Climate change! That should be sure winner for rail, but the situation is not that simple. Much of the electricity in the United States is generated via coal-burning power plants, whereas buses in many areas are powered with natural gas. The following data is from an environmental impact study for the extension of BART from Warm Springs to San Jose. I fully agree with the decision that the extension should be built to carry BART trains, but it is worth noting that the BRT option was actually predicted to produce the greatest reduction in greenhouse gases. The decision to use BART trains had to be justified based on other criteria, such as which option would take the most cars off adjacent traffic-clogged highways. The ridership numbers predicted for the BRT and LRT options were in the same ballpark, which leads me to believe that the main advantage for BART came from avoiding the need for a transfer to reach Oakland and San Francisco.

Average Weekday (Year 2025)
Busway BRT: 49,100
LRT: 56,600
BART: 87,200

New Trips (Year 2025)
Busway BRT: 35,600
LRT: 37,700
BART: 60,600

Capital Cost (2001 dollars in millions)
Busway BRT: $1,155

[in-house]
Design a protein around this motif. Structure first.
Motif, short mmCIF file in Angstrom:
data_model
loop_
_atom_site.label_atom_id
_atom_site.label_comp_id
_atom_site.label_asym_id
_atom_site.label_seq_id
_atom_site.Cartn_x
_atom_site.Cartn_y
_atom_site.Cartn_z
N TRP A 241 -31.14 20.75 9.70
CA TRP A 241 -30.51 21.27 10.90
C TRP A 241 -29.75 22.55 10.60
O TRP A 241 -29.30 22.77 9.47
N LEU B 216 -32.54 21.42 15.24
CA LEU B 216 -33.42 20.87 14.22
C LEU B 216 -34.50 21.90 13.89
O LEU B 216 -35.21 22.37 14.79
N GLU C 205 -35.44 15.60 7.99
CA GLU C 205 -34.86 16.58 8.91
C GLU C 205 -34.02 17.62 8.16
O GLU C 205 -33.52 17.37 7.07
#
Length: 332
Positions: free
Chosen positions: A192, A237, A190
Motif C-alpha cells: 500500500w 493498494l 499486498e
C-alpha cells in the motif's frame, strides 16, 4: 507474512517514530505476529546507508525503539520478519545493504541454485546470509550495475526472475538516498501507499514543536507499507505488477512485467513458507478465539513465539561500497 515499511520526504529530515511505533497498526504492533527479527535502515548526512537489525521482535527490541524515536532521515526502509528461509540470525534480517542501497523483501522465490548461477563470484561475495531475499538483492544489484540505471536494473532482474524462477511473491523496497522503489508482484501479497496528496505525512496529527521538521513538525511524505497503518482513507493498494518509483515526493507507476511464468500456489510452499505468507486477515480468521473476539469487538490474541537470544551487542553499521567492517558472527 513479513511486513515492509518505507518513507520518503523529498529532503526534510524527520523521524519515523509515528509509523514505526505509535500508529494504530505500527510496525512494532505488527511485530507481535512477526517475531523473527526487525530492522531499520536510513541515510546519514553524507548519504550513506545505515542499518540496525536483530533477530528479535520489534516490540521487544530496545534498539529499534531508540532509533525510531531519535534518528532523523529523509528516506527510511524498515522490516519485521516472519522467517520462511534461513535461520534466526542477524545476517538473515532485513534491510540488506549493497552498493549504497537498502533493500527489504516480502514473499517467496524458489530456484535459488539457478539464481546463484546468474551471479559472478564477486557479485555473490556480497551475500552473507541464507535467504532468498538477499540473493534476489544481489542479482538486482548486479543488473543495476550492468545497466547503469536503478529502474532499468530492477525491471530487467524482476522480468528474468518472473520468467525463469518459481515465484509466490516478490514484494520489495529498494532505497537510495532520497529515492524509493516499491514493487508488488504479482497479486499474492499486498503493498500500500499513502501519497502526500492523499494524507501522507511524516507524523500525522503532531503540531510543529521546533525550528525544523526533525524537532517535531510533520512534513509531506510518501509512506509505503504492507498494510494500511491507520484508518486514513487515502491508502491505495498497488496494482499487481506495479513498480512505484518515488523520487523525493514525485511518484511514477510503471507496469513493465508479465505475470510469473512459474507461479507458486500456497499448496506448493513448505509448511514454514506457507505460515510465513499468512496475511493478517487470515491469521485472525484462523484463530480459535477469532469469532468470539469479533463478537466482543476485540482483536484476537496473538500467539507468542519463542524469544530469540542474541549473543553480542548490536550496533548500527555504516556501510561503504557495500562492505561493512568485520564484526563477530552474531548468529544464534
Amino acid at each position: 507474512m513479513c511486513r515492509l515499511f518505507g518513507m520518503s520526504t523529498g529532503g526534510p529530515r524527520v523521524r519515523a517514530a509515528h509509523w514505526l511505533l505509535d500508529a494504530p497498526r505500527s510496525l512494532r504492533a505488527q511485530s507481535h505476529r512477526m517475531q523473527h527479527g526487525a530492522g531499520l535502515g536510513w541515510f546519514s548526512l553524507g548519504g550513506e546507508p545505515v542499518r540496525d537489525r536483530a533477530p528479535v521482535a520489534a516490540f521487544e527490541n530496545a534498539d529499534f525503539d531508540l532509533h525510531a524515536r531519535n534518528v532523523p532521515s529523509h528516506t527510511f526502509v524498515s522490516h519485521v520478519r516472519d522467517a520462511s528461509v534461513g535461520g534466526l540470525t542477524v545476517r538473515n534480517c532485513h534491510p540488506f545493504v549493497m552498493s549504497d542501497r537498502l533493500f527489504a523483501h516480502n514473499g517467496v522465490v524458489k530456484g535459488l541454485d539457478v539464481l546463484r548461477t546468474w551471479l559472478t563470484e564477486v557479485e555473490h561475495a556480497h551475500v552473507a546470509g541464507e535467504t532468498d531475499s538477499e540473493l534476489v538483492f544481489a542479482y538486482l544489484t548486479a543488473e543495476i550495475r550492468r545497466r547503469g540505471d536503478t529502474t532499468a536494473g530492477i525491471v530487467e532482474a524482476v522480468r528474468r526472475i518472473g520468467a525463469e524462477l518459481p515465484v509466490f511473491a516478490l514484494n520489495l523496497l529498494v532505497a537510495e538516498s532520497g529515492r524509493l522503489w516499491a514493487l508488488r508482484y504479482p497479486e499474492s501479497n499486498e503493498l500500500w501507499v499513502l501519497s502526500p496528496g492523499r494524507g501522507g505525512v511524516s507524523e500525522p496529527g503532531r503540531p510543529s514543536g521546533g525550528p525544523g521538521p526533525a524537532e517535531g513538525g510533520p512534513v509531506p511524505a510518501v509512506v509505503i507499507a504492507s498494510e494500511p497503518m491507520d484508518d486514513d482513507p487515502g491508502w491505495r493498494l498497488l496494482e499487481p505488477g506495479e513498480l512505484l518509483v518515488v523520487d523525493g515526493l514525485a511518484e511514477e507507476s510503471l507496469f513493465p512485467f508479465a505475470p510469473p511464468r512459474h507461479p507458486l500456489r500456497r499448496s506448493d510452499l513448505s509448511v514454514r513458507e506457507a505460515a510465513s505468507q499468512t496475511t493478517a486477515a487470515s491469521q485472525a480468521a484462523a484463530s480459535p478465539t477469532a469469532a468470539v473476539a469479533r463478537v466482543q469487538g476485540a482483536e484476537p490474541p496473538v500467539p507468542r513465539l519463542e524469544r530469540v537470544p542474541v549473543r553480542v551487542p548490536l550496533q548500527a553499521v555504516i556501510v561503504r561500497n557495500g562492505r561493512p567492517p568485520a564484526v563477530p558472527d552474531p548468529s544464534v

LRT: $1,514
BART: $3,710

Annual Operating & Maintenance Cost (2001 dollars in millions)
Busway BRT: $19.5
LRT: $41.8
BART: $63.0

Farebox Recovery
Busway BRT: 21.8%
LRT: 20.8%
BART: 64.4%

Cost per New Rider
Busway BRT: $11.40
LRT: $14.75
BART: $19.36

Daily Trips Removed from Roadways
Busway BRT: 30,791
LRT: 29,006
BART: 51,747

Daily Travel Time Savings (Hours Saved)
Busway BRT: 74,931
LRT: 71,117
BART: 153,913

Level of Noise/Vibration Impacts (Potential # Residential Impacts)
Busway BRT: 254
LRT: 707
BART: 321

Net Change in Air Pollutant Emissions (Tons)
Busway BRT: -773
LRT: -625
BART: -1,211

Net Change in Greenhouse Gas Emissions (Tons)
Busway BRT: -175,612
LRT: -121,813
BART: -151,208

Net Change in Regional Energy Consumption (BTUs)
Busway BRT: -1,297,871
LRT: -1,016,665
BART: -1,482,662
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Old April 20th, 2014, 02:35 PM   #532
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http://www.sbsun.com/general-news/20...san-bernardino

sbX rapid transit line ready to roll out this month in San Bernardino


Omnitrans trains drivers and tests new sbX buses on the new rapid transit line north and south on E Street in San Bernardino on Wednesday. The Omnitrans sbX Green Line will span a 15.7 mile corridor between San Bernardino and Loma Linda, with 16 stations. Service will start April 28. John Valenzuela — Staff

By Neil Nisperos, Inland Valley Daily Bulletin
POSTED: 04/19/14, 5:09 PM PDT

After more than a year of construction and a decade of planning, Omnitrans is about ready to roll out its $197.1-million rapid transit bus line later this month.

The near 16-mile sbX Green Line is the first bus rapid transit service in the Inland Empire.

It opens to the public on April 28, allowing bus riders to travel north and south from Cal State San Bernardino to Loma Linda University.

Officials will hold a completion celebration at 9 a.m. Tuesday at Court Street Square in San Bernardino.